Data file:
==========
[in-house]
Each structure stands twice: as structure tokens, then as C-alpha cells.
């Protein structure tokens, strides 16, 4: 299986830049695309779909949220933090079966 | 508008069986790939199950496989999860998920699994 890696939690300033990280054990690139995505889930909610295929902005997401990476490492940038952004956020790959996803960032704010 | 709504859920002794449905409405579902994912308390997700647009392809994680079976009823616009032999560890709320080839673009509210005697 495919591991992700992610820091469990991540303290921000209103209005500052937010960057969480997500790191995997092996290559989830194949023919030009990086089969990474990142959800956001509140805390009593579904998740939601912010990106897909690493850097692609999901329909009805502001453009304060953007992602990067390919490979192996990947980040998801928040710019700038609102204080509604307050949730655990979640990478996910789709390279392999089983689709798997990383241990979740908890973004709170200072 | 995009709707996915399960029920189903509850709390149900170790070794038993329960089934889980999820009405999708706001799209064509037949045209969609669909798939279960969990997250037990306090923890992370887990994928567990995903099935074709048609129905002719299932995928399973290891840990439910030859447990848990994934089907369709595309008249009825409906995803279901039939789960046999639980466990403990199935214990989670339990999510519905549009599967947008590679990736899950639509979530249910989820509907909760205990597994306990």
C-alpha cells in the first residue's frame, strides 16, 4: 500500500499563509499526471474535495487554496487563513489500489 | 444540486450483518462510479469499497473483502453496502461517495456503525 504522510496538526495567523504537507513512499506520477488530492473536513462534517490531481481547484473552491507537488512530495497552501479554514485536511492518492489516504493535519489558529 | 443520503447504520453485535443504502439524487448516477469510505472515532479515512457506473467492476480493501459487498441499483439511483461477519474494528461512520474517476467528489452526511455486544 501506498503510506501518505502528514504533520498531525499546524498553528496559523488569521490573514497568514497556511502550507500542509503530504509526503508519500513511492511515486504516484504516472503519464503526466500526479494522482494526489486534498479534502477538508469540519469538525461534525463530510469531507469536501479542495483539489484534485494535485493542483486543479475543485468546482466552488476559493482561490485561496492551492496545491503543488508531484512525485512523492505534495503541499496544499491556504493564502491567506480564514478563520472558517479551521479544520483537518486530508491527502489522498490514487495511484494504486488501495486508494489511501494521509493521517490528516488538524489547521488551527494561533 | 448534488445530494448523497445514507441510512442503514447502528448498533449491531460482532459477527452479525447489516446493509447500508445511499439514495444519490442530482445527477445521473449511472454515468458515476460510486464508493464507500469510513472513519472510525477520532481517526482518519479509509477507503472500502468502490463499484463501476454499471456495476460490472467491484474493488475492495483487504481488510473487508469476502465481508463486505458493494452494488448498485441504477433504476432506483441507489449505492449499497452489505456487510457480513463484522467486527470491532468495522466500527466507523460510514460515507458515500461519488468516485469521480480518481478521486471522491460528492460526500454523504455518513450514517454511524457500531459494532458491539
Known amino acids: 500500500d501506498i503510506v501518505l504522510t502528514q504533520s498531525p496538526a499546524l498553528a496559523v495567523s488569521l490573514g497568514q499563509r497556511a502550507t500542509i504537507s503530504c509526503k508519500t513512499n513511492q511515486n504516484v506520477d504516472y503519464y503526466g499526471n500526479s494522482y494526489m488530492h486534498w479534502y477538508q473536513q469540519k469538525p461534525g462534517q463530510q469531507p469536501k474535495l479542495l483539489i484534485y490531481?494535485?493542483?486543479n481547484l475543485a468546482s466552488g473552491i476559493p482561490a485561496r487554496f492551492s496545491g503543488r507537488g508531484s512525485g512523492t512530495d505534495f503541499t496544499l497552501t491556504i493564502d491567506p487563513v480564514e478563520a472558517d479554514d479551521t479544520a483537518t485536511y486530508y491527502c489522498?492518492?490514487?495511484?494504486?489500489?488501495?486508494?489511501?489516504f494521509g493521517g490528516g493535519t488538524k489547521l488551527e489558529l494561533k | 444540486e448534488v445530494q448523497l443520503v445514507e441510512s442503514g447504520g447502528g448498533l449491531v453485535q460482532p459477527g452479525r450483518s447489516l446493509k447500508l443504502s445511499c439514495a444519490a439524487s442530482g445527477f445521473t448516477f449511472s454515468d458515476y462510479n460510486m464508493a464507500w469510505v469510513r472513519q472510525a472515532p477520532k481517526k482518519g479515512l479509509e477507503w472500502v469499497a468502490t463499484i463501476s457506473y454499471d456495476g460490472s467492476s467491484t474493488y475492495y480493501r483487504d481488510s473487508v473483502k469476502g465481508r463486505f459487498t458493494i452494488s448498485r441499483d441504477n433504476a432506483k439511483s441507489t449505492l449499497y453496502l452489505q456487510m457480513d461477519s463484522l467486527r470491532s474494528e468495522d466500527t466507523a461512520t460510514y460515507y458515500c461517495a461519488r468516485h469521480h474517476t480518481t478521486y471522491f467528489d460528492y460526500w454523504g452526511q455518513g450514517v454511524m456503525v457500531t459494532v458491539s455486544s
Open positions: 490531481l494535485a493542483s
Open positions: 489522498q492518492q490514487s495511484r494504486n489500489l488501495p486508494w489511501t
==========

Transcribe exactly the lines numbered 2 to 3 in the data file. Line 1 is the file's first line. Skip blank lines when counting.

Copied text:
Each structure stands twice: as structure tokens, then as C-alpha cells.
């Protein structure tokens, strides 16, 4: 299986830049695309779909949220933090079966 | 508008069986790939199950496989999860998920699994 890696939690300033990280054990690139995505889930909610295929902005997401990476490492940038952004956020790959996803960032704010 | 709504859920002794449905409405579902994912308390997700647009392809994680079976009823616009032999560890709320080839673009509210005697 495919591991992700992610820091469990991540303290921000209103209005500052937010960057969480997500790191995997092996290559989830194949023919030009990086089969990474990142959800956001509140805390009593579904998740939601912010990106897909690493850097692609999901329909009805502001453009304060953007992602990067390919490979192996990947980040998801928040710019700038609102204080509604307050949730655990979640990478996910789709390279392999089983689709798997990383241990979740908890973004709170200072 | 995009709707996915399960029920189903509850709390149900170790070794038993329960089934889980999820009405999708706001799209064509037949045209969609669909798939279960969990997250037990306090923890992370887990994928567990995903099935074709048609129905002719299932995928399973290891840990439910030859447990848990994934089907369709595309008249009825409906995803279901039939789960046999639980466990403990199935214990989670339990999510519905549009599967947008590679990736899950639509979530249910989820509907909760205990597994306990």